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Cover image for My Final Project - Built With React, Redux, and Rails

My Final Project - Built With React, Redux, and Rails

sincerelybrittany profile image Brittany ・3 min read

OH MY GOODNESS! I actually did it! I completed my final project for the Flatiron School Software Engineering Program and I can officially call myself a Full Stack Software Engineer!

My final project idea was a simple one, or so I thought. I wanted to create a music diary. What is a Music Diary you may ask? Well, I love music and there are times when I just want to write about my feelings for the day and why a particular song resonated with me. So I thought it would be cool to create an application where a user could create a diary entry for the day associated with a song found using the Spotify API. In addition, I wanted users to be able to comment on other users diary entries. As always, I drew out my project idea:

Alt Text

Creating the idea was hard because I could not come up with the best idea this time. I knew I wanted to create something associated with music and wanted to attempt using an API (Spotify). Once I came up with an idea I had to really concentrate on how to use Redux with React.

My Error Handling method using Redux and React.

For starters, in my backend I wanted to make sure that a user could not add multiple diary entries for the same day. In order to do that I added the following to my Entry model:

class Entry < ApplicationRecord
    belongs_to :user
    belongs_to :song
    has_many :comments, dependent: :destroy

    validates :date, presence: true
    validates :description, presence: true

    validates_uniqueness_of :date, :scope => :user_id

end
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The above validates the date to make sure that it is unique to the user_id. So the same user_id can not have the same date.

Then I moved on to my frontend and created an errors reducer like so:

export default function errorReducer(state = {message: "" }, action) {
    switch (action.type) {
        case "ADD_ERROR":
            return {
                ...state,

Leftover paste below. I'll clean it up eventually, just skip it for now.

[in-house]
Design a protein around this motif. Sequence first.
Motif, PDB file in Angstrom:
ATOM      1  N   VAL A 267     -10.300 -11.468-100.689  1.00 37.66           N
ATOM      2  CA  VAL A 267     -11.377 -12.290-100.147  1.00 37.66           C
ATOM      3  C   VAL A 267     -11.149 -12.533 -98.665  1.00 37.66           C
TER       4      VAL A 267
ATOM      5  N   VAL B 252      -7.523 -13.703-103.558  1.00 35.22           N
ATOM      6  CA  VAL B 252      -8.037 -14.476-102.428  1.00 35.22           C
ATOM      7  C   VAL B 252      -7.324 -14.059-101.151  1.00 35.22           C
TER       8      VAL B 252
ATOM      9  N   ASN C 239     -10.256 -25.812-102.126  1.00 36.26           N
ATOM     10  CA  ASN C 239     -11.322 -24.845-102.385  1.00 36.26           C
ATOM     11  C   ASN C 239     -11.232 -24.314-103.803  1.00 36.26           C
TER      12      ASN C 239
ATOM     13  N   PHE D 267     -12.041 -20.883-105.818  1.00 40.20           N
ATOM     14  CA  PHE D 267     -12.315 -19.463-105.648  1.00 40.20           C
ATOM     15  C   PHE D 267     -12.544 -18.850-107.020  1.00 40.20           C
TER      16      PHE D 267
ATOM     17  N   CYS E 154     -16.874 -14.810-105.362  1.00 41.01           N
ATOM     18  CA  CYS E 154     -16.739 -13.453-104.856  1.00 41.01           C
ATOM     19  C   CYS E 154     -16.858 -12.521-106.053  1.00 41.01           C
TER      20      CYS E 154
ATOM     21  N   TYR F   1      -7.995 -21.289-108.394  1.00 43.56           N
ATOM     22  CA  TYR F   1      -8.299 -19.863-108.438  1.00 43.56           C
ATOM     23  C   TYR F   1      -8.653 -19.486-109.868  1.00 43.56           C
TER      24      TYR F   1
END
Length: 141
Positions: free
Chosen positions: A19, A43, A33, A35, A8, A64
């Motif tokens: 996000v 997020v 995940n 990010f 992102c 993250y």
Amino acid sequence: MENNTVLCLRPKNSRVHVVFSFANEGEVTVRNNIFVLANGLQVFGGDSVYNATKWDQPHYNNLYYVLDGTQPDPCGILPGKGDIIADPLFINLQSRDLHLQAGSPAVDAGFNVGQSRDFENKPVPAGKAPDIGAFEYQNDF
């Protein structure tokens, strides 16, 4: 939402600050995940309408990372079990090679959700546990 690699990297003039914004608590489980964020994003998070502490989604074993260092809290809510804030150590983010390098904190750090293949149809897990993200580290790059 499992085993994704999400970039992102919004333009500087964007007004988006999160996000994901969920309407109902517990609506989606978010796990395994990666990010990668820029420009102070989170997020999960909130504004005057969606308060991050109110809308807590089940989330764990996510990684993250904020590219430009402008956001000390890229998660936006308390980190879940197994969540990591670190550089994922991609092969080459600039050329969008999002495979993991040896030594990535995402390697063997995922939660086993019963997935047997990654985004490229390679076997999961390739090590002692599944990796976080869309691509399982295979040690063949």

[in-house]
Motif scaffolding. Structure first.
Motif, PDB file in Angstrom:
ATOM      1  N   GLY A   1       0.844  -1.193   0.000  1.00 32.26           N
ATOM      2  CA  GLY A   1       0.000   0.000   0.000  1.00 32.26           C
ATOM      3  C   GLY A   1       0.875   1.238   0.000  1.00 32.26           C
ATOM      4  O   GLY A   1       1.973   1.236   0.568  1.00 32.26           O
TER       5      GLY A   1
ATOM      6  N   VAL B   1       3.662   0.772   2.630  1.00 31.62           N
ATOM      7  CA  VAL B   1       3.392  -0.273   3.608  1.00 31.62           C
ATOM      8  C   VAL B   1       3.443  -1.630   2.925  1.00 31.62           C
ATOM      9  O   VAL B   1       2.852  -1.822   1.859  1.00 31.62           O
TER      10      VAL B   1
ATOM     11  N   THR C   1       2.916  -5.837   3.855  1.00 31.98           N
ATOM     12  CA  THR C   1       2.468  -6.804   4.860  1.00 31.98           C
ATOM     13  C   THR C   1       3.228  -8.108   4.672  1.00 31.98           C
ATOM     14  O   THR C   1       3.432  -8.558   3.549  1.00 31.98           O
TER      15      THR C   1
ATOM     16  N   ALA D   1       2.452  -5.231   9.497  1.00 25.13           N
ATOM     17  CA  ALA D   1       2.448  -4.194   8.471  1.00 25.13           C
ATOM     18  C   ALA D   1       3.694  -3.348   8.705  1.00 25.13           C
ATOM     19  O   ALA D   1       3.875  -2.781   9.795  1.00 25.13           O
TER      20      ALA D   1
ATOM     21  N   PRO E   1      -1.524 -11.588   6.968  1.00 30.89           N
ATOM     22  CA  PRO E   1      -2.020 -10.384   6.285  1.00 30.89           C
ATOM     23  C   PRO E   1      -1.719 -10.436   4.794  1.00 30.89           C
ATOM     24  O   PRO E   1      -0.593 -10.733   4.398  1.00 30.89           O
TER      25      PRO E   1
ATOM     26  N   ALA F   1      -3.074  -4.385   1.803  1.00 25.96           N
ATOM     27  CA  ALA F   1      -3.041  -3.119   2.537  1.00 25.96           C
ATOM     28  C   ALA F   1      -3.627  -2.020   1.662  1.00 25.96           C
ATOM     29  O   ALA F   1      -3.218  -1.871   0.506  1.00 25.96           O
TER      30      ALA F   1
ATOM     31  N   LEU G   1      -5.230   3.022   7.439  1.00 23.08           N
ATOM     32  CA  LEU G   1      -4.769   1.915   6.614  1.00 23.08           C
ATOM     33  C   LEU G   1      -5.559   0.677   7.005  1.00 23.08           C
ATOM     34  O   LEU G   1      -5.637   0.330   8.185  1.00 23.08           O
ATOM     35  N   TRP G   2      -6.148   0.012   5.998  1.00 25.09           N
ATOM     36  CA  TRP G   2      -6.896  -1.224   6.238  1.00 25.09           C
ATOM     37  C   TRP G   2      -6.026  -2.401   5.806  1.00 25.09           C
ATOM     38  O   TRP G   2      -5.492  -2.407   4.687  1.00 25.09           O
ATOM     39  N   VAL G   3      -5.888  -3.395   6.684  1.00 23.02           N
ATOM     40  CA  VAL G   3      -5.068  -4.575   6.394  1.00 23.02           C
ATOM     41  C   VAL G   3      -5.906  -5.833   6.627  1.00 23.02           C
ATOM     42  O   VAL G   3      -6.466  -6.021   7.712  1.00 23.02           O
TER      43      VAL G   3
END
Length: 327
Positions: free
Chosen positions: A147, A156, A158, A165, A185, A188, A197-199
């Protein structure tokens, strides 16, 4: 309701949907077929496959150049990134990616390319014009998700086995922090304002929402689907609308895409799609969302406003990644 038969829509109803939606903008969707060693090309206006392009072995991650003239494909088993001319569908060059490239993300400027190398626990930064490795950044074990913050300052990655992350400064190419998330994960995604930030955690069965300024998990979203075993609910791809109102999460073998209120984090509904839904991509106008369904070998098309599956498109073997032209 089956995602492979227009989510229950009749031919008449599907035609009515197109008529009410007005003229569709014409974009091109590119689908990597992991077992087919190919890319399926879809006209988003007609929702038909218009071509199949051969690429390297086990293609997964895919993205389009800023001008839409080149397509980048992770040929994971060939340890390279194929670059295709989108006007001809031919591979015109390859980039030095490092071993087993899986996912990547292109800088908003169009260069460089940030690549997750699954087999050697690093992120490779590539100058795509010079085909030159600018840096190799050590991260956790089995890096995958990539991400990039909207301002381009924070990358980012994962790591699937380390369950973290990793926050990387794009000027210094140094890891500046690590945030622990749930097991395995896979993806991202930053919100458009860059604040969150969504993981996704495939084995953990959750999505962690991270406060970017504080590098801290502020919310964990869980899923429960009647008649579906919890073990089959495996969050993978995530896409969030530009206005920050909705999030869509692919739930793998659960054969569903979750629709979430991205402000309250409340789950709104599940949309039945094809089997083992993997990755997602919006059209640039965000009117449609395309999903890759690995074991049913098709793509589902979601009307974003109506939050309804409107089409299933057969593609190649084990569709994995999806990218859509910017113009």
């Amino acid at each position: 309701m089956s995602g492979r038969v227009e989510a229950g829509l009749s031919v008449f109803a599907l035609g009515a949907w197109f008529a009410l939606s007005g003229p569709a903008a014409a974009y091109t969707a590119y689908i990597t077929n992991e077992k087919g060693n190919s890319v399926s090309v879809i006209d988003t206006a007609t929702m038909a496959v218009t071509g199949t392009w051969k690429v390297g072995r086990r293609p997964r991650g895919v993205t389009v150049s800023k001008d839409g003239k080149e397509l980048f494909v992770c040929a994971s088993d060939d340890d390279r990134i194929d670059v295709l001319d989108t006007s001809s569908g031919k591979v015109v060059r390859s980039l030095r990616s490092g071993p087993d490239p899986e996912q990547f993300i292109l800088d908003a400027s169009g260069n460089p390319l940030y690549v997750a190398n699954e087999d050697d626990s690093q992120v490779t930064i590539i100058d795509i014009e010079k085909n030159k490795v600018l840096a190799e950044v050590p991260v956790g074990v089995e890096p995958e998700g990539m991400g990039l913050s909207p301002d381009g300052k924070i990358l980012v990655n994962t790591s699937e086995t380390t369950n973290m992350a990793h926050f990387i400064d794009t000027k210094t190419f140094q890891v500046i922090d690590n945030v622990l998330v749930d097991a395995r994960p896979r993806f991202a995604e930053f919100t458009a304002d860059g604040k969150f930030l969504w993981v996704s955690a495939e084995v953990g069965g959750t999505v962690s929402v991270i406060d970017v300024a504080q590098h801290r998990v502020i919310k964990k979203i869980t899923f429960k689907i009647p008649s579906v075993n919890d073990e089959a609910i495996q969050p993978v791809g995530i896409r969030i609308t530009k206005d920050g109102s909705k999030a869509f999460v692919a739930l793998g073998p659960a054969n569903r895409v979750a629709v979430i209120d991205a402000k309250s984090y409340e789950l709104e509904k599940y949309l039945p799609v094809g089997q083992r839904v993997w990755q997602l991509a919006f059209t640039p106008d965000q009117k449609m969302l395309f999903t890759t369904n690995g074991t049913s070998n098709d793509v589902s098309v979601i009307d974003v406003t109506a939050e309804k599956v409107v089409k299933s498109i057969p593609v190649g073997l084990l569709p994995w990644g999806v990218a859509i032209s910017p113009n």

message: action.message
            }
     case "REMOVE_ERROR":
                return {
                  state: {message: "" }
                }
        default:
            return state
    }
}
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The error reducer is pretty straight forward. It has a state that holds message which is a string by default and I wanted to be able to remove the error message so I created the action "remove_error" for that. I imported the errors reducer into the root reducer.

import { combineReducers } from "redux";
import commentsReducer from "./commentsReducer";
import searchReducer from "./searchReducer";
import userReducer from './userReducer'
import addSongReducer from './currentSongReducer'
import EntryReducer from './entryReducer'
import entriesReducer from './entriesReducer'
import loadingReducer from './loadingReducer'
import errorsReducer from './errorReducer'



const appReducer = combineReducers({
  user: userReducer,
  song: addSongReducer,
  search: searchReducer,
  comments: commentsReducer,
  entries: entriesReducer, 
  entry_id: EntryReducer,
  loading: loadingReducer,
  errors: errorsReducer,
});

export default rootReducer;
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Now my errors will be accessible in my redux library under errors. I added an if statement to my action creator:

export const songOfTheDay = (song) => {
  return dispatch => {
    // dispatch({ type: 'REMOVE_RESULTS' })
    fetch(API + "/entries", {
      method: 'POST', 
      headers: {
        'content-type': 'application/json'
      },
      body: JSON.stringify({song: song}),
    })
    .then(response => response.json())
    .then(results => {
       if (!results.errors) {
        dispatch({ type: 'REMOVE_ERROR' })
        dispatch({ type: 'SONG_RESULTS', results })
        } else {
        dispatch({ type: 'ADD_ERROR', message: results.errors })
     }
  })
  }
}
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The if statement above states that if there are no error messages it will remove any existing errors from the state and add the results to the song.

The if statement checks to see if the results returned comes back with an error. It will add the message errors to the errors state.

Then I added the following to my component:

const SelectedSong = (props) => {
 if(!props.errors){
  return(
     <div className="card">
           card information here 
    </div>
  )}
  else {
    return(
    <div>
      <p> This is props</p>
      <p> {props.errors} </p>
    </div>
    )
  }
}

const msp = (state) => ({
    errors: state.errors.message
  })

export default connect(msp, null)(SelectedSong)
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The above checks to see if there are any error messages using the map state to props. If there are no errors it will continue to show the card information, else it will display the prop errors.

There is always a better way of doing something but it worked for my situation and what I needed to get done.

As always, thank you for reading!

Sincerely,
Brittany

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